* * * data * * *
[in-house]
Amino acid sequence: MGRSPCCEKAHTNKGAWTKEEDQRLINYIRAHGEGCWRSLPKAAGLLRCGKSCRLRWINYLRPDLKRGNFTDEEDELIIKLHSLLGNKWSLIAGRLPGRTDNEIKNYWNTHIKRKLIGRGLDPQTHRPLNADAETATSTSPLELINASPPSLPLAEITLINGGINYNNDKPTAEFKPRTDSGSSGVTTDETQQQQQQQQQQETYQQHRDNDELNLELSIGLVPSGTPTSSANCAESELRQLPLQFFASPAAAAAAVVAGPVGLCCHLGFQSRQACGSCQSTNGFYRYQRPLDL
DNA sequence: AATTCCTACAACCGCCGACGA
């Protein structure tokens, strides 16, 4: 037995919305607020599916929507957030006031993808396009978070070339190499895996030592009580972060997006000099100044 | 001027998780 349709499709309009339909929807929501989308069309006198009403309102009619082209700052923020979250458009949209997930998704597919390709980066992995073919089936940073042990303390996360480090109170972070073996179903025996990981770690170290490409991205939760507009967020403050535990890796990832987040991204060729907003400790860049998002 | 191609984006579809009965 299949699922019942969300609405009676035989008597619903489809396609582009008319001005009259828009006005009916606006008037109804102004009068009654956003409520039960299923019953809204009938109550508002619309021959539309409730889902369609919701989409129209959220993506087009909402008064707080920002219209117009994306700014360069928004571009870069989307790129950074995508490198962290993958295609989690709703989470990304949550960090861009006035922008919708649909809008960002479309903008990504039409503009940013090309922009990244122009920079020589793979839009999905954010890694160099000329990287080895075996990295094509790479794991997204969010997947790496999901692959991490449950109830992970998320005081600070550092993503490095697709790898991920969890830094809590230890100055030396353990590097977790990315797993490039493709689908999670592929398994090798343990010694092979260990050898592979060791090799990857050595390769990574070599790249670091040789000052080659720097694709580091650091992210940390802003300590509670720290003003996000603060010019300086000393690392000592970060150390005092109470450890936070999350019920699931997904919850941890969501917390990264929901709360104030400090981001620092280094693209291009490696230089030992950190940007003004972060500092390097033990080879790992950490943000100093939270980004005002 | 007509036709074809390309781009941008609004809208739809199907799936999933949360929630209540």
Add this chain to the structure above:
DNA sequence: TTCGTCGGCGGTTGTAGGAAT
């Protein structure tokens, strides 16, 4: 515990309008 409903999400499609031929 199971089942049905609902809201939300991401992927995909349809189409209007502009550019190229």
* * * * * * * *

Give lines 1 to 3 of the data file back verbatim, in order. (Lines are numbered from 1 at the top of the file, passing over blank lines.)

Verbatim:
[in-house]
Amino acid sequence: MGRSPCCEKAHTNKGAWTKEEDQRLINYIRAHGEGCWRSLPKAAGLLRCGKSCRLRWINYLRPDLKRGNFTDEEDELIIKLHSLLGNKWSLIAGRLPGRTDNEIKNYWNTHIKRKLIGRGLDPQTHRPLNADAETATSTSPLELINASPPSLPLAEITLINGGINYNNDKPTAEFKPRTDSGSSGVTTDETQQQQQQQQQQETYQQHRDNDELNLELSIGLVPSGTPTSSANCAESELRQLPLQFFASPAAAAAAVVAGPVGLCCHLGFQSRQACGSCQSTNGFYRYQRPLDL
DNA sequence: AATTCCTACAACCGCCGACGA